Steel offers the lowest price tag compared to other materials, but it also offers the most diversity in terms of colour and style. Steel is malleable which allows radiators to be efficient because they can be physically designed to better pass heat from the water inside to the space around them (this is a radiator's job after all, despite some thinking that its job is to “store” heat). The heat output is also good, the proof is in the pudding with this one - would steel be the most common radiator material if the heat output was rubbish? Steel is a highly durable material which is important as radiators are going to be the victims of some knocks and bangs over time and you want them to withstand that.Columns
“Column” refers to the style of radiator but when there is a number in in front of this – e.g. “2 Column”, we’re talking about the structure of the radiator itself. Column radiator sections are made from vertical tubes which are connected at the top and bottom, the number comes from the how many vertical tubes there are in these sections. A 2 column radiator has 2 vertical tubes, a 3 column has 3 and so on. 2 column (sometimes known as double column) is the slimmest type of column radiator on the market. The heat output of a 2 column radiator is less than the larger, 3, 4 or 6 variants of column radiators. But that doesn’t mean to say they won’t warm up the room - especially small rooms which their slim styles are predominantly designed for. Colour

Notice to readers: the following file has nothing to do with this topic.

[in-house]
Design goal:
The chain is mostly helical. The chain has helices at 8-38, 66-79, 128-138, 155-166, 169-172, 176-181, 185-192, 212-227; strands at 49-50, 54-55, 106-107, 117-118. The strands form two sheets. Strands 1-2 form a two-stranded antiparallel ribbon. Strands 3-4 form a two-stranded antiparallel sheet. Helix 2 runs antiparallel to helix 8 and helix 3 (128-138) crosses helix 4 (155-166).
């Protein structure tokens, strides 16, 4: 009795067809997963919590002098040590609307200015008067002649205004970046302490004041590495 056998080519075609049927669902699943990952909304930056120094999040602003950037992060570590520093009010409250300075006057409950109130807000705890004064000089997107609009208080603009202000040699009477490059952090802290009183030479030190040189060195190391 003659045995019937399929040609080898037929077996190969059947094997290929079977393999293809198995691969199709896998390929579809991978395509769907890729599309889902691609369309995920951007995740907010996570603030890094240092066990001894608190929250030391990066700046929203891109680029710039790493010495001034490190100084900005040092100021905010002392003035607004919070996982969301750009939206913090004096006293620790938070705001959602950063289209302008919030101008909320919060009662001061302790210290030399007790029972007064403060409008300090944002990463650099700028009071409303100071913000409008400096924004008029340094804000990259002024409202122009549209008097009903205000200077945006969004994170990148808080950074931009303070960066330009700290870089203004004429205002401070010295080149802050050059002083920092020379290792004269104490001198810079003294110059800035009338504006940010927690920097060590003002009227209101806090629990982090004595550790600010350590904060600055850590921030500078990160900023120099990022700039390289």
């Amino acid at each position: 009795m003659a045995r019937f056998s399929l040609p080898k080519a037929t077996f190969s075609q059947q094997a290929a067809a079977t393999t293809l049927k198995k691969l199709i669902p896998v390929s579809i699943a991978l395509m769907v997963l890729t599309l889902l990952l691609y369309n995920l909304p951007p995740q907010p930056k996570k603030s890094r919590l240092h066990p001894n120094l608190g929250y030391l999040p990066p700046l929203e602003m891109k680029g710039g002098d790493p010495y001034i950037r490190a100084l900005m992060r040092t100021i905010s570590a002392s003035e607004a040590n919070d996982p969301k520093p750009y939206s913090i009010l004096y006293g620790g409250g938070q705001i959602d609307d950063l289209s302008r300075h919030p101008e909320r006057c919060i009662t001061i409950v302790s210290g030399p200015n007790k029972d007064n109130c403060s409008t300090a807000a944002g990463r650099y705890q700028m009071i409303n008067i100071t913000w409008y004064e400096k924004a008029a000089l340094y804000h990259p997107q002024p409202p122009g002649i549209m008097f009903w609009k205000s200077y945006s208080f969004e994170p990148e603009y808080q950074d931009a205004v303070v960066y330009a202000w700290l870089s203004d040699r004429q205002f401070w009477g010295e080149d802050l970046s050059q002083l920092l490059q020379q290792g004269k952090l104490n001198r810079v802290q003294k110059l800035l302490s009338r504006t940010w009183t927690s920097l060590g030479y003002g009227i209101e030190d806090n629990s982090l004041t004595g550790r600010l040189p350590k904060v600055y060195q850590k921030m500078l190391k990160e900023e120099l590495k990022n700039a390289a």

Black, the colour that always fits and never fades. This matt black powder painted radiator is exactly what your home needs. Black radiators go well with anything. As a colour, there are few shades or hues that it does not complement. Whether providing effective shadow tones to an already dark background, or a striking contrast to more brightly coloured walls, black radiators rarely look out of place. As well as suiting a great variety of home styles, black is a very forgiving shade. It won't show dust, dirt, or rust like white so you know they will look great well into the future. Heat Source
A central heating or hot water radiator is one that is plumbed into your homes central heating system. Whether you have a Combi boiler, gravity fed (conventional) system or a system with a cylinder, you can install this radiator. Accessories
This radiator has G1/2” connections either side at the bottom and so the valves required will depend on your pipework (which is why they aren’t provided with the radiator):
- For pipework coming from the wall to the side of the radiator, use corner valves.
- For pipework coming from the floor and up to the side of the radiator, use angled valves.
- For pipework coming along the wall to meet the side of the radiator, use straight valves.
There are a few different types of valves available for you to choose from: Manual Valves provide easy on/off control – simply turn the valve by hand to allow the water from your central heating to pass through into the radiator or towel rail, just like a tap! If this radiator is going to be in the same room as your main boiler thermostat (usually a little box on the wall or the mantle, that you turn up and down) then we advise you to use manual valves over TRV’s because a TRV will conflict with your boiler thermostat and can cause temperature issues around the home. Thermostatic Valves (TRVs) provide multi temperature control of the radiators in your home – saving energy and money! These valves have sensor mechanisms inside that shut off the flow of hot water to the radiator when the room temperature reached the desired level! If your looking to reduce your carbon footprint while remaining cosy warm, then TRV’s are the way to go (provided they aren’t installed in the room where your main boiler thermostat is).